Related: Why generalists are better at scaling the web

4. Be ok with more failures

This is a tricky one. But Johansson puts in perspective with this key quote:

”Inaction is far worse than failure.”

Viewed that way, our caution about diving into a new idea seems more limiting. True it costs money, time & resources to pursue new ideas, ventures & startups. So be sure to reserve resources. That’s right spend that money & time carefully lest you run out before hitting on the big one.

He also says to be suspicious of low failure rates. In yourself or those you’re evaluating. This probably indicates you’re not risking enough, or trying new things constantly.

Read this: Why Oracle Won’t Kill MySQL

5. break out of your network

Your network is powerful to pursue your career, or following existing well traveled paths. But they can be an obstacle when forging new paths, which is what innovation is all about.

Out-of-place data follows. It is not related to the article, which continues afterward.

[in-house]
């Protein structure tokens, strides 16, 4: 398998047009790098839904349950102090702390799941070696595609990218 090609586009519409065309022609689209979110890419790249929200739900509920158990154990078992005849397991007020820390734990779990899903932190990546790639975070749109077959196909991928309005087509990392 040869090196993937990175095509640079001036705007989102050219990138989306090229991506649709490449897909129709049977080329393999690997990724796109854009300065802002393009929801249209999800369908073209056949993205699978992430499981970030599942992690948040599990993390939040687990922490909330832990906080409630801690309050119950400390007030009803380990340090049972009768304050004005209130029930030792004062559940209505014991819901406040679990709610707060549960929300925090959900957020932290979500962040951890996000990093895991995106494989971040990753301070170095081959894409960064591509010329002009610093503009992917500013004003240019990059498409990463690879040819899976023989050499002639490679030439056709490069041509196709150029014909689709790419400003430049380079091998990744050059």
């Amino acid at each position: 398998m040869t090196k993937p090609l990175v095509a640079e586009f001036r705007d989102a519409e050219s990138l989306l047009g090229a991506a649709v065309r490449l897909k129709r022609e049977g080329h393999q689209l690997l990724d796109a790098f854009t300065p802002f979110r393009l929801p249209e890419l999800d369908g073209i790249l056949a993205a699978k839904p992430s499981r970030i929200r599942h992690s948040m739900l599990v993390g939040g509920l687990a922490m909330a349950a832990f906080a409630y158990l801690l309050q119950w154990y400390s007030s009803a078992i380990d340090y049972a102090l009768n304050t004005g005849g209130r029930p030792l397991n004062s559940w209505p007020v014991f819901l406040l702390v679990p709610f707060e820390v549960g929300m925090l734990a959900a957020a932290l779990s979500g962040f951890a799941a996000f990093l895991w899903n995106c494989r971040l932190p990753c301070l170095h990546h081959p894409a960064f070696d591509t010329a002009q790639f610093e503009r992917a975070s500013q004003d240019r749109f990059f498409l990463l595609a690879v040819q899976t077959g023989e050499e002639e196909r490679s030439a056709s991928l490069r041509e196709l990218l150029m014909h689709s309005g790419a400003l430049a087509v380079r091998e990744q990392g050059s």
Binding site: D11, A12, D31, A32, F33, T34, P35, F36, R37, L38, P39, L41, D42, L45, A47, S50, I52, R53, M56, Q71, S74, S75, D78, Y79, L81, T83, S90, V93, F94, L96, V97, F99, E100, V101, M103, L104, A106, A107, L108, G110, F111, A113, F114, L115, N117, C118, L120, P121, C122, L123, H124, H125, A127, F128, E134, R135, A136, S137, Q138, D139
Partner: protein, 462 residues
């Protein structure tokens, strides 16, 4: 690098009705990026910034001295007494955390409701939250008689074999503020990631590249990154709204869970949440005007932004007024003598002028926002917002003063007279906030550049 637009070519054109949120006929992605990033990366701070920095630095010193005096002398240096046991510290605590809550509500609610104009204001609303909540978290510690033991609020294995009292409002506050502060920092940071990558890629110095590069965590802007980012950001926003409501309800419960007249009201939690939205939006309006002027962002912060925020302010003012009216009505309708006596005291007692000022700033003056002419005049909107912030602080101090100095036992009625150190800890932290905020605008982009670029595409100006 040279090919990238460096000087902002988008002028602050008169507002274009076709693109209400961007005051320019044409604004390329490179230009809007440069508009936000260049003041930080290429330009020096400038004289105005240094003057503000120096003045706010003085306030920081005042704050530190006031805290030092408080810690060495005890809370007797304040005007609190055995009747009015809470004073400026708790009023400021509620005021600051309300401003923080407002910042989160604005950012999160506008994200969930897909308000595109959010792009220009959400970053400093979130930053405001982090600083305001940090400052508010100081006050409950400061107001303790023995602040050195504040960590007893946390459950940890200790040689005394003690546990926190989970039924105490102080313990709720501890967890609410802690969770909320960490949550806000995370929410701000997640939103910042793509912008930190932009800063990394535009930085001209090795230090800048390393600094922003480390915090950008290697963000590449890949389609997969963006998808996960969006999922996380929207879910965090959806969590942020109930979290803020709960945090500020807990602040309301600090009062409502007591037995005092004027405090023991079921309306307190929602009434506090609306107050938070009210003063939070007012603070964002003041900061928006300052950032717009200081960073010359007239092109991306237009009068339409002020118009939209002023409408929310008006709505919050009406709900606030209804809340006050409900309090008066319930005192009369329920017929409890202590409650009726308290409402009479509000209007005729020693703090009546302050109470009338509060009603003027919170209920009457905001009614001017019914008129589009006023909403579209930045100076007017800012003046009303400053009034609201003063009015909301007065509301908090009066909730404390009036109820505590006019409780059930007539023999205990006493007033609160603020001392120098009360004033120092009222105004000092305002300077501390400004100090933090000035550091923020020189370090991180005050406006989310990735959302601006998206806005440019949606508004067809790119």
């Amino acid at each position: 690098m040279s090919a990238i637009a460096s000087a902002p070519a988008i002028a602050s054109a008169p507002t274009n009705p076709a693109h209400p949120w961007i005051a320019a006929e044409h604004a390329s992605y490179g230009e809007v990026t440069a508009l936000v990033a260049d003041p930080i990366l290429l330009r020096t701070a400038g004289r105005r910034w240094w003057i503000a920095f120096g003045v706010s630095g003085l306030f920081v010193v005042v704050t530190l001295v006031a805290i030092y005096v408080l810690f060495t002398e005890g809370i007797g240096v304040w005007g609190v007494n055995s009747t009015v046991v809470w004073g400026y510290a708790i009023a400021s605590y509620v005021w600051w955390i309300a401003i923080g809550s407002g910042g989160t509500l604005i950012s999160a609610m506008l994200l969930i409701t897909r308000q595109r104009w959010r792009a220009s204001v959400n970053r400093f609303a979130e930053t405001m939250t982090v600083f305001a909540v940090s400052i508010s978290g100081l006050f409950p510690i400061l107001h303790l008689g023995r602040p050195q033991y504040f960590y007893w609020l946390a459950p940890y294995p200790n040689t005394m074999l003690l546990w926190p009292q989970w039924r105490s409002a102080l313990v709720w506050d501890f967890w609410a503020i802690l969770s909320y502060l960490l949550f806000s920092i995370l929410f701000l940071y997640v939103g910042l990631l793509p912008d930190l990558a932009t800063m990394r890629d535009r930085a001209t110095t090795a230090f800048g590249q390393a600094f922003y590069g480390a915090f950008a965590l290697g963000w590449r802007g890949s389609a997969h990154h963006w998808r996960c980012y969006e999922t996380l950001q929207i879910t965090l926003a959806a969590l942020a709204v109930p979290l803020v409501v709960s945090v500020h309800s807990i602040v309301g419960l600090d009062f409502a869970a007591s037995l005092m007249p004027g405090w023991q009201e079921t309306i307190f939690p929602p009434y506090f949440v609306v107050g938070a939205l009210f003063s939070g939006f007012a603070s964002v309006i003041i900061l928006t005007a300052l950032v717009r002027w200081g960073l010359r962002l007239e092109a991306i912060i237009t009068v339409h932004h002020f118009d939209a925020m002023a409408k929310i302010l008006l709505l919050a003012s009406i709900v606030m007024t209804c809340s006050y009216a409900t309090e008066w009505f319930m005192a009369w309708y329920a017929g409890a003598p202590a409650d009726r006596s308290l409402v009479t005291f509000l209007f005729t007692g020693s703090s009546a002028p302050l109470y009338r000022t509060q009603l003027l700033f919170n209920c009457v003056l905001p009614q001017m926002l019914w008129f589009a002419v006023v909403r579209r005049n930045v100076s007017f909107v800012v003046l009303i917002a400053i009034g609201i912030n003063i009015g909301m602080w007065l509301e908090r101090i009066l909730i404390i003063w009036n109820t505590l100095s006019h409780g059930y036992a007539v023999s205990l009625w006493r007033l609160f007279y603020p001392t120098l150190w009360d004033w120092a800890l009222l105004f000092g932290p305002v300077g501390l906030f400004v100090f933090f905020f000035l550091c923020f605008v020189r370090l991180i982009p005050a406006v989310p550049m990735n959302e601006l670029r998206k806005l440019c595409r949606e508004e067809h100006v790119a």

So break away from your networks. One way you can do this is by building a new one. But be sure to surround yourself with diverse cultures, upbringing, backgrounds & expertise.

Also: RDS or MySQL 10 Use Cases

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Lulzsec, Anonymous and the sorry state of internet security

zalgo text

If you’ve been hiding under a rock for the past few years, you might not have heard of Anonymous, the headline grabbing hacker group that’s famous for attacking citibank, ebay, Sony, the FBI, CIA and the websites of various world governments.

Parmy Olson takes us on a ride, through tales that are riveting, and quite a bit scary for what they reveal about today’s internet, and the false sense of security we all have.

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Kids these days!

By now you’ve probably heard their names T-flow, Topiary, Sabu, & Kayla. And then there was AVunit, pwnsauce, Sup_g, and Havij. Cool characters, sitting at keyboards all over the world hatching menacing attacks, and seeming more organized than they actually were…